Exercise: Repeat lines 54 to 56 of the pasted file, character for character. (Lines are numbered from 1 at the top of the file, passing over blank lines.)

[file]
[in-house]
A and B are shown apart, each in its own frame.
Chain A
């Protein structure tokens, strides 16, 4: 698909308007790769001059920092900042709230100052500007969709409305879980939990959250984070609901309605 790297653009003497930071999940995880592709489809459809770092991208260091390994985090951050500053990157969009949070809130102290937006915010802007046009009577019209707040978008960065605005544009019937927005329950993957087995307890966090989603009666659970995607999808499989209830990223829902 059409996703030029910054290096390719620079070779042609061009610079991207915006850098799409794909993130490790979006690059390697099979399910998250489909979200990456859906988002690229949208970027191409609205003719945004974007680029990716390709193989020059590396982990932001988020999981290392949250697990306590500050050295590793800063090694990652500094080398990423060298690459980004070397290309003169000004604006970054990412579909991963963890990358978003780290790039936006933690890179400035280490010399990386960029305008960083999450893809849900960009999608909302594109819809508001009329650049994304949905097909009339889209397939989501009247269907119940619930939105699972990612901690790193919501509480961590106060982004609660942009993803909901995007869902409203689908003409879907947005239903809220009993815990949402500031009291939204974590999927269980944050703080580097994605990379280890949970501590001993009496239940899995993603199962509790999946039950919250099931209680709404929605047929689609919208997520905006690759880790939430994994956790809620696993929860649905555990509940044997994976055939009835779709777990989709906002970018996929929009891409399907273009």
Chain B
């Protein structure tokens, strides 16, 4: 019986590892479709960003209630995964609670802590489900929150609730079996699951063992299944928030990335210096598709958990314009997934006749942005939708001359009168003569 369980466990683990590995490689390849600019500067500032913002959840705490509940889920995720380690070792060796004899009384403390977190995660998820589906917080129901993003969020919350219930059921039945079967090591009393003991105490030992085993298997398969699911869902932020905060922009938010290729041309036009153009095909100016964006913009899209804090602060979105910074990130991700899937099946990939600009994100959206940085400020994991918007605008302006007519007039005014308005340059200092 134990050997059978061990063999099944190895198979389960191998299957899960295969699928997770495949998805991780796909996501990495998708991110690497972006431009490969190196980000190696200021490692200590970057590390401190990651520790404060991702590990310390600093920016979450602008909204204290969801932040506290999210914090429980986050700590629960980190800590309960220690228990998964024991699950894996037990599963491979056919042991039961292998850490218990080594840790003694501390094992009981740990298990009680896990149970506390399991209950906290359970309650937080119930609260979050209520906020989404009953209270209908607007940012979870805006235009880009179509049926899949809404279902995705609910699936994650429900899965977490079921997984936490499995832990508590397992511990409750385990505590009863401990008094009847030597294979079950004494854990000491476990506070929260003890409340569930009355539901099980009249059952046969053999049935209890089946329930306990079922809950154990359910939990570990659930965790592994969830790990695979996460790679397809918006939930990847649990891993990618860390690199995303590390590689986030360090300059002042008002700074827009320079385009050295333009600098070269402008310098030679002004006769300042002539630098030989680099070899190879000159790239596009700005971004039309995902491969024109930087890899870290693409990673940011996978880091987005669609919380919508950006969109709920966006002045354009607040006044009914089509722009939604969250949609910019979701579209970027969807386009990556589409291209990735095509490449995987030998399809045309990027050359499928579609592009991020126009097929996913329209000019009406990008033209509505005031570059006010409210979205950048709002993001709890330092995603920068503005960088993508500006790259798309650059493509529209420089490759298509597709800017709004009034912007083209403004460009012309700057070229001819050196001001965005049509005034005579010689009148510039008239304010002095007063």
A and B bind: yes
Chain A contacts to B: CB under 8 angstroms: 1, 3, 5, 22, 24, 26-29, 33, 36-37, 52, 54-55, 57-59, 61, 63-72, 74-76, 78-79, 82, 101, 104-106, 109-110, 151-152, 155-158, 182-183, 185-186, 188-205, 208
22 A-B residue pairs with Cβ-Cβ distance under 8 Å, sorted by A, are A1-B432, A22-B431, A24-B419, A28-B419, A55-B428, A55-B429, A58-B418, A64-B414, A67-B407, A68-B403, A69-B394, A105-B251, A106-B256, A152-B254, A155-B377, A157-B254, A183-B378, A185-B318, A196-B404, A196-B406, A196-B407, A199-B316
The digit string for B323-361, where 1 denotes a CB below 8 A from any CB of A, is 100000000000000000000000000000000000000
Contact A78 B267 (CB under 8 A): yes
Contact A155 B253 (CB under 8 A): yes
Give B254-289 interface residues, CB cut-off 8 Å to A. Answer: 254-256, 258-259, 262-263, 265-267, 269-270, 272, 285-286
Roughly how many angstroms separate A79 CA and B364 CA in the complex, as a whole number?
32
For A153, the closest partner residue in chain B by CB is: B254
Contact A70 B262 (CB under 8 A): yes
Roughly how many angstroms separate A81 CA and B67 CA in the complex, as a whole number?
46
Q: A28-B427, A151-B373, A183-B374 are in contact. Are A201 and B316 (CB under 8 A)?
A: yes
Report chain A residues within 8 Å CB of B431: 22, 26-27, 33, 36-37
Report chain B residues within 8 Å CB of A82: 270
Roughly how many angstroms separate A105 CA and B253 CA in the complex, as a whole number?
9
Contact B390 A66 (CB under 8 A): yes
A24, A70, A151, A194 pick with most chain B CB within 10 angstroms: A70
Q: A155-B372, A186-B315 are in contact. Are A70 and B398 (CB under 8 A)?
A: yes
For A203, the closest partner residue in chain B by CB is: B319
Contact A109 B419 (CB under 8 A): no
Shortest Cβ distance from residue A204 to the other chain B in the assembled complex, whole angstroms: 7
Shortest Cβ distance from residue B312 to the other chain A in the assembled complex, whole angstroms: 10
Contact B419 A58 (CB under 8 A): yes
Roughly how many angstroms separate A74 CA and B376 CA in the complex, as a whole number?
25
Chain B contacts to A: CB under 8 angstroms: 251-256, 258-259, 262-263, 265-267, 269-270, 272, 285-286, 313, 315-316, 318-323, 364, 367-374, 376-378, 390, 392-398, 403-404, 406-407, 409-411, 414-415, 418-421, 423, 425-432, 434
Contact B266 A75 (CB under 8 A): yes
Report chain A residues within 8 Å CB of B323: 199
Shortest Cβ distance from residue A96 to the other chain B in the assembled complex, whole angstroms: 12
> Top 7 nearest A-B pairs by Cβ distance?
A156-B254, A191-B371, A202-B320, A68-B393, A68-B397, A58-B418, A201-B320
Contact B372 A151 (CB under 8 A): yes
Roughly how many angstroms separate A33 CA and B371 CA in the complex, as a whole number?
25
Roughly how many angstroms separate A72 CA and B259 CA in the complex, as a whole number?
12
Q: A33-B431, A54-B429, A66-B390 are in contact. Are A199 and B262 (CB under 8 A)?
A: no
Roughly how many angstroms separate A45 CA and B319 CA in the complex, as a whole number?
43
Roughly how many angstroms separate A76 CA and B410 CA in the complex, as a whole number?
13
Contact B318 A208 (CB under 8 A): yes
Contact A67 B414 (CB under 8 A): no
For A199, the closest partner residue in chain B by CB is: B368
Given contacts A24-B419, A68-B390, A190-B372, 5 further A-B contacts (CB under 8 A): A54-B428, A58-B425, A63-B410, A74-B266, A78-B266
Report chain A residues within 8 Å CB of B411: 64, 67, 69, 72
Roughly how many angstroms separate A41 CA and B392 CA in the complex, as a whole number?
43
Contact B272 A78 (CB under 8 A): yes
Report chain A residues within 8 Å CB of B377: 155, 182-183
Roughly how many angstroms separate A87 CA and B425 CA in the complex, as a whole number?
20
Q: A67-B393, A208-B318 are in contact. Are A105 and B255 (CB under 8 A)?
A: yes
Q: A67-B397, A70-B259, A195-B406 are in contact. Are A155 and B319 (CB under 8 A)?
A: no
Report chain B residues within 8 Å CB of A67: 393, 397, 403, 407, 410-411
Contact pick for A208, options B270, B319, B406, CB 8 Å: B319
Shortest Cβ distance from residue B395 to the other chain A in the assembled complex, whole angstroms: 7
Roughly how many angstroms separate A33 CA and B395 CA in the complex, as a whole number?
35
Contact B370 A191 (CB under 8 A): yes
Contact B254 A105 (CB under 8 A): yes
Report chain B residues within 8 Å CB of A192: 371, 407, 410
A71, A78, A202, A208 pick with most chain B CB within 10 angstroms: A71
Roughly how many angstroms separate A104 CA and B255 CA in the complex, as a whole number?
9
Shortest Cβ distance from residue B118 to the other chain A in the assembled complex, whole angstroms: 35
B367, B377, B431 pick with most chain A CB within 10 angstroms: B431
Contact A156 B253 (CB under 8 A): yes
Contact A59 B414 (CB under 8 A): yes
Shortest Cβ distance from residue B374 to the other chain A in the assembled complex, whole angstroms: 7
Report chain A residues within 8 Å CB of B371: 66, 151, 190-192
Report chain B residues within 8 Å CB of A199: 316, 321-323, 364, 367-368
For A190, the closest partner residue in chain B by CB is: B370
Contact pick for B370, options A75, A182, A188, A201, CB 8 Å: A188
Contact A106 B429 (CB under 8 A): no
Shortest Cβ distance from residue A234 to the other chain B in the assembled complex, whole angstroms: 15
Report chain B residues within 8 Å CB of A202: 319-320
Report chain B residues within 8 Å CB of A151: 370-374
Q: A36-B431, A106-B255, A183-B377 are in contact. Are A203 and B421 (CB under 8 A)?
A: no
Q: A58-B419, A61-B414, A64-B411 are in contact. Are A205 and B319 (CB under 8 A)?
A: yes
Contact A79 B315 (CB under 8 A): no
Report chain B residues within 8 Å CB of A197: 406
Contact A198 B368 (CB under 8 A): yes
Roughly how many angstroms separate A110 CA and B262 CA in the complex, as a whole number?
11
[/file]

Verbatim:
Contact B318 A208 (CB under 8 A): yes
Contact A67 B414 (CB under 8 A): no
For A199, the closest partner residue in chain B by CB is: B368